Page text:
In August 1971, when Richard Nixon was the president of the US and decided to end the dollar’s convertibility at a fixed price, effectively ending the Bretton Woods system, and Bhagwat Chandrasekhar spun out Ray Illingworth’s Ashes-conquering English team for 101 at the Oval, helping Ajit Wadekar lead Indians to their first-ever victory in a Test—and a series—on English soil, and India and the Soviet Union signed a 20-year treaty for “peace, friendship, and cooperation”, George Harrison and Ravi Shankar organized a concert at Madison Square Garden in New York.
It was called The Concert for Bangladesh—the title itself was audacious, for at that time, the idea of Bangladesh was still an aspiration for millions of Bengalis living under Pakistani control. In March that year, the Pakistani army had unleashed a brutal reign of terror, killing hun¬dreds of thousands of civilians. Bangladeshi freedom fighters, known as Mukti Bahini, many of them operating from Indian soil, launched attacks on Pakistani positions. India had yet to step in; Pakistan’s defeat and Bangladesh’s independence were still four months away.
But Harrison named it The Concert for Bangladesh—it was a gift to a na¬tion yearning to be free, and it was the first such concert for an international cause on such a scale. Today, many remember the music and the acts, in¬cluding the famous deadpan comment by Ravi Shankar, who performed with Ali Akbar Khan. They were greeted with applause when they paused while tuning their instruments. The audience thought the piece was over, and Shankar said, “Thank you, if you appreciate the tuning so much, I hope you will enjoy the playing more.”
Bangladesh is now 40, and to celebrate its anniversary, another major concert will take place on 4-5 February, bringing world musicians to Dhaka. This time, Bangladeshis will showcase their talent, and the world will come to sing in Bangla¬desh. Runi Khan, of the London-based Culturepot Global, which along with Jatrik Travels, Excalibur Entertainment and Symbianc Part¬ners is organizing the Dhaka World Music Festival, says: “Forty years ago, George Harrison’s concert drew attention to the genocide in our country, then known as East Pakistan, and it mobilized the world about the tragedy of our nation. That inspired me in the first place to organize this festival, of bringing the world and its music together, to break barriers.”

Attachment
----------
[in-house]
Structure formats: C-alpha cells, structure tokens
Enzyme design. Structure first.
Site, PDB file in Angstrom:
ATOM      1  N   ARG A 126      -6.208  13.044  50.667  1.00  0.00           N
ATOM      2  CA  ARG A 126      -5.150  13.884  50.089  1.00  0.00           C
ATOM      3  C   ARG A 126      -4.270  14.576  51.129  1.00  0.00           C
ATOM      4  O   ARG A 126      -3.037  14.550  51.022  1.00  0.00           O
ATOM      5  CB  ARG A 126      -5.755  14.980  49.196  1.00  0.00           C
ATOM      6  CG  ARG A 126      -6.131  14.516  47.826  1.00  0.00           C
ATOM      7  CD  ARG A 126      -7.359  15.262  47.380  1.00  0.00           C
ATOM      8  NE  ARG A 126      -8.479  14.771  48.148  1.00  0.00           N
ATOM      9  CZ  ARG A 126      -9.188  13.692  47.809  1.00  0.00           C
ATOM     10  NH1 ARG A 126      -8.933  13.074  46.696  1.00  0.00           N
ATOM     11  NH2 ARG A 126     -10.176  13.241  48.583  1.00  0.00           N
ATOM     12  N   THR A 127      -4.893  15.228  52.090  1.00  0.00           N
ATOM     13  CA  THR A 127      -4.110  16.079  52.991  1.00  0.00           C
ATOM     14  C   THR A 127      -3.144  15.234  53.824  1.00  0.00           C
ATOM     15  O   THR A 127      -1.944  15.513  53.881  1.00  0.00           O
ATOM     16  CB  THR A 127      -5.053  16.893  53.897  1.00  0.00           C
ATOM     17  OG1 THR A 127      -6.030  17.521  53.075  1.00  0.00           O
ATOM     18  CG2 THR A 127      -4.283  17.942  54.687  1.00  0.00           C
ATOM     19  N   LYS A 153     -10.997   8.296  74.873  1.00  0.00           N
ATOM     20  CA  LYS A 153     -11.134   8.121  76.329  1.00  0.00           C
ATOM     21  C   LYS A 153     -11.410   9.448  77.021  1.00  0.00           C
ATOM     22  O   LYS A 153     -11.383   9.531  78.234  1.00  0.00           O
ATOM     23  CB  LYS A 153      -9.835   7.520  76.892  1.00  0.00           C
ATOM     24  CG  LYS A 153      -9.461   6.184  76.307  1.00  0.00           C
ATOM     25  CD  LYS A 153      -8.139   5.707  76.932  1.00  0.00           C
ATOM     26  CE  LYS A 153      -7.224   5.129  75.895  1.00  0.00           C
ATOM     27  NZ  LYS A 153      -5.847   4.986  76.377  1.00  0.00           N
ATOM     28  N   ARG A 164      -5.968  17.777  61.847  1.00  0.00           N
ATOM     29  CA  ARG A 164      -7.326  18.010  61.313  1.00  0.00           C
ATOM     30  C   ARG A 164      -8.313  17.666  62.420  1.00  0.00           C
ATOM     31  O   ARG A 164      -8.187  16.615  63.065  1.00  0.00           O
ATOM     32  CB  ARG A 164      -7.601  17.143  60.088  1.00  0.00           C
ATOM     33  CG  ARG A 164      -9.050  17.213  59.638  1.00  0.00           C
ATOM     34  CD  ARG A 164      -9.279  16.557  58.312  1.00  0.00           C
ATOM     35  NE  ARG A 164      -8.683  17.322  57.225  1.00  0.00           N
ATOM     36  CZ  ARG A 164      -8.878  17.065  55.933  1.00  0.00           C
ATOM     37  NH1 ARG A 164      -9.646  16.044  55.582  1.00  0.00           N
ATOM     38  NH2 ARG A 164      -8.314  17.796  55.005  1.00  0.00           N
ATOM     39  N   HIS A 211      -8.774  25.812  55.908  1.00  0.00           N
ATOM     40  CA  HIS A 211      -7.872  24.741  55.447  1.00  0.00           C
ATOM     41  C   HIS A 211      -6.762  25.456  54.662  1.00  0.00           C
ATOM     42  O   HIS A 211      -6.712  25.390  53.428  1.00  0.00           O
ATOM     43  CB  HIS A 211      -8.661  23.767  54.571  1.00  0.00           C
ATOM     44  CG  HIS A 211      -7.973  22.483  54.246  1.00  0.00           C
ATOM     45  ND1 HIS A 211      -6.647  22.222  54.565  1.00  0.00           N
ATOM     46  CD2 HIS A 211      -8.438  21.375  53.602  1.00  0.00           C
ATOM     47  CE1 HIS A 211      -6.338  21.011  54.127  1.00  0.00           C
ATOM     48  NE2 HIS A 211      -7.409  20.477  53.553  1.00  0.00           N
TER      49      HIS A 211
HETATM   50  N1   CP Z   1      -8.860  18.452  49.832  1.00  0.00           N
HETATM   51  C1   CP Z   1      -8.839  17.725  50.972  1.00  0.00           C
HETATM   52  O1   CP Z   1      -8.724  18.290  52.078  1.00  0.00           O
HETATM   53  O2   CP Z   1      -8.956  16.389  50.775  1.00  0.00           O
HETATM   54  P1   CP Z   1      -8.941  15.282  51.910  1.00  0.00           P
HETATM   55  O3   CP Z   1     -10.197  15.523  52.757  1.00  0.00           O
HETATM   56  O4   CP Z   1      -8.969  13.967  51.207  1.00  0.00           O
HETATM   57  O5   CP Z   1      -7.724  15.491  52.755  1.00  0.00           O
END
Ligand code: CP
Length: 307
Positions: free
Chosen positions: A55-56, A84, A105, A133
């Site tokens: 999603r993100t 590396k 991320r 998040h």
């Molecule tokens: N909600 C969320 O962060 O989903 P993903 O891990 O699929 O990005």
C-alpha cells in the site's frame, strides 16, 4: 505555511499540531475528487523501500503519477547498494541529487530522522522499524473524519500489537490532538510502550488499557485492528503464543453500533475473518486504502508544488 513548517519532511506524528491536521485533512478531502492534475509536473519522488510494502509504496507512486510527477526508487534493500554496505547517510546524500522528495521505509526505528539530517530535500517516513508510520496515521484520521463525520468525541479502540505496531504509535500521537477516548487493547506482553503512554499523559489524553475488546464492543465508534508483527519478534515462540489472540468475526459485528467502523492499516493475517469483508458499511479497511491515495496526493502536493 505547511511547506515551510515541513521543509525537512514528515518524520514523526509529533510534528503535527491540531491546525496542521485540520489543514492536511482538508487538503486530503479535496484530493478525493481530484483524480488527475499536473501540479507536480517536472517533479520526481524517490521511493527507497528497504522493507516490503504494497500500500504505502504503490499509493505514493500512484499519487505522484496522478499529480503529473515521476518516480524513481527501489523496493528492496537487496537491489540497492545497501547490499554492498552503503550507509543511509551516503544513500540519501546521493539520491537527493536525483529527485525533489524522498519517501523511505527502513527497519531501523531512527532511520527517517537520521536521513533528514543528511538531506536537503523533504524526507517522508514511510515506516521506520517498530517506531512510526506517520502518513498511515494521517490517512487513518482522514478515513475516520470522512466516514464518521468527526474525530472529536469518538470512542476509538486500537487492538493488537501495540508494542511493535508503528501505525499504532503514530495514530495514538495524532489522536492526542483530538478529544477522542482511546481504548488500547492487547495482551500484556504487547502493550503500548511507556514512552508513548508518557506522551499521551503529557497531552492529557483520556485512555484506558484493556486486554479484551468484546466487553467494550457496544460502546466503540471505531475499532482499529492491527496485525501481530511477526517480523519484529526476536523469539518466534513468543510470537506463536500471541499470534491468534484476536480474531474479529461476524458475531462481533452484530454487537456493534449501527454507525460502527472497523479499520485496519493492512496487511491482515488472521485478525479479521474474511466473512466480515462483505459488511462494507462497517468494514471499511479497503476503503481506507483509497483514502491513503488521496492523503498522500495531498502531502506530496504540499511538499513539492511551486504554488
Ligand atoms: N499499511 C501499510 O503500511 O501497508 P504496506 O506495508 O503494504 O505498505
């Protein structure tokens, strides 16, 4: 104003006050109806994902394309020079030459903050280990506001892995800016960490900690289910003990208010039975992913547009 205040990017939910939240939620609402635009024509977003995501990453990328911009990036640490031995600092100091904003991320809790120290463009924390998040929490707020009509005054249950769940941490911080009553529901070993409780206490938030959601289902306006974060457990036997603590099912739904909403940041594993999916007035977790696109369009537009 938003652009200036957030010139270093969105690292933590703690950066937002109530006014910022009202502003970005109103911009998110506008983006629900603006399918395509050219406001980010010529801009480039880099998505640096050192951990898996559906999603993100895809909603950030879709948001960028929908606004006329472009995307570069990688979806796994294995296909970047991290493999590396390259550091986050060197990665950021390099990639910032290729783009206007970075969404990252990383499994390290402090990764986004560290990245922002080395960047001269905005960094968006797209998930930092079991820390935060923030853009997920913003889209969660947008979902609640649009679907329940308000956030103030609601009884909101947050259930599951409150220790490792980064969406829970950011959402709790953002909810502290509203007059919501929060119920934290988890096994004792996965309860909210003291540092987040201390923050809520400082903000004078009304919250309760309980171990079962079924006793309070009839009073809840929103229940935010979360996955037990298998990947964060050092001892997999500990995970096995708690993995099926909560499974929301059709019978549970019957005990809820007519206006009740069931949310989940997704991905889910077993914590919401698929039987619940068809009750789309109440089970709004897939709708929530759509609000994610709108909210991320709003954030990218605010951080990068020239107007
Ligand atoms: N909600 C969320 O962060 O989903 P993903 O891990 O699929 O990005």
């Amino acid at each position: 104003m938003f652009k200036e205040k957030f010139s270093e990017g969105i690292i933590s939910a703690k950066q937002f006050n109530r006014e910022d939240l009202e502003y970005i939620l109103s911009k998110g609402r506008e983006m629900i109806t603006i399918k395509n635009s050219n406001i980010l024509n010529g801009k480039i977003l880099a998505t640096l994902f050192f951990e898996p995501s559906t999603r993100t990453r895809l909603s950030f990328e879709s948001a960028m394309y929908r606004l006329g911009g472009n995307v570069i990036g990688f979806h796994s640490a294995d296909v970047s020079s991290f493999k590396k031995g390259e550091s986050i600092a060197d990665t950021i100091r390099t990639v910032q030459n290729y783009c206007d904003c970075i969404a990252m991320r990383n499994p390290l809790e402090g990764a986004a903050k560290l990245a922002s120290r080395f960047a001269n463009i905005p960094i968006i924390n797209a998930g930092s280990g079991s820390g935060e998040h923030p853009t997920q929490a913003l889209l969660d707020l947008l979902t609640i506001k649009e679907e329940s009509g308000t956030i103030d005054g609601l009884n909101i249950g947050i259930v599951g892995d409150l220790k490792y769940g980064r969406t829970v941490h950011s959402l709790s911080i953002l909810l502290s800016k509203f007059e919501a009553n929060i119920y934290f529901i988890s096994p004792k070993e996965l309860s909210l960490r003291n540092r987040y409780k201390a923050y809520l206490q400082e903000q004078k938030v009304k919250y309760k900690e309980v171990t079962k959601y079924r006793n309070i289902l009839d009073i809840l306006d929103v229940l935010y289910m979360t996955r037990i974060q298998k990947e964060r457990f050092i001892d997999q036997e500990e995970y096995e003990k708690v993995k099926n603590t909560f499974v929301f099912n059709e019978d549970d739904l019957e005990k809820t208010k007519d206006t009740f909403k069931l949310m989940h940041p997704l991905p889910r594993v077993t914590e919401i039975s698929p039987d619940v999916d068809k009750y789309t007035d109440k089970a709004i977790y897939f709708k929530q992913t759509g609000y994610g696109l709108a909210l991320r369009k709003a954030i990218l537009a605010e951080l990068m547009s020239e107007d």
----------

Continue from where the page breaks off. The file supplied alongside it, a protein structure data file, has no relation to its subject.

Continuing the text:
Dhaka hasn’t seen anything quite like this before, and preparations are afoot to bring music from Africa, Latin America and beyond to Dhaka. There will be the Dele Sosimi Band from Nigeria. Sosimi plays the keyboard and was the music director for Fela Kuti, the legendary Nigerian musician. He later formed the band Positive Force with Fela’s son, Femi. From Cuba, there will be Motimba, a fiery Cu¬ban funk band that has over the past decade broken many norms. Kishon Khan from Bangladesh, who is also a Latin pianist and has performed with Hugh Masekela and Pandit Dinesh, will perform with Cuban vocalist Javier Camilo and bassist Jimmy Martinez. From South London, there will be the Soothsayers, led by the trumpeter Robin Hopcraft, with the British-Bang¬ladeshi saxophonist Idris Rahman. And there will also be Bangladeshi Baul musicians Rob Fakir, renowned for his vocals, and Shahjahan Munshi. Nazrul Islam will play the dhol, and Lalan Band, a rock group, will play rock fusion songs influenced by Fakir Lalon Shah. Finally, there is Lokkhi Terra, a group based in Britain, which has become popular in that country, blending Afro-Latin jazz with Bengali folk music. Their debut album, No Visa Required, has gained critical ac¬claim and the group has played at the South Asian Games.
Khan sees the festival as a way to secure a sustainable place for Bang¬ladeshi musical heritage in the global arena, and to engender a dialogue with world music.
Cultural fusion is clearly one goal for the concert, but linked to that is the great desire among many Bangladeshis to help change the country’s image. It was the former US secretary of state Henry Kissinger—no fan of Bangla¬desh’s emergence—who had dismissed the country as “a basket case”. The post-independence famine of the early 1970s and repeated cyclones in the Bay of Bengal have perpetuated the image of the country as forever seeking help from the international community. Pe¬riodic coups haven’t helped either. But the reality is always more complex.
Bangladesh’s socio-economic indi¬cators are today superior to Pakistan’s. The government of Sheikh Hasina Wajed has taken several steps to bring the state back to its secular origins. Writers of Bangladeshi origin have been winning international honours: Think of Monica Ali, shortlisted for the Man Booker Prize in 2003 for her novel, Brick Lane, Tahmima Anam, winner of the Commonwealth Award in 2008 for her novel, A Golden Age, and Abeer Hoque, winner of the Tanenbaum Prize in 2005 in California.
Music is part of that soft power, and it is about time that a country whose national anthem Rabindranath Tagore wrote, has a world music festi¬val of its own.
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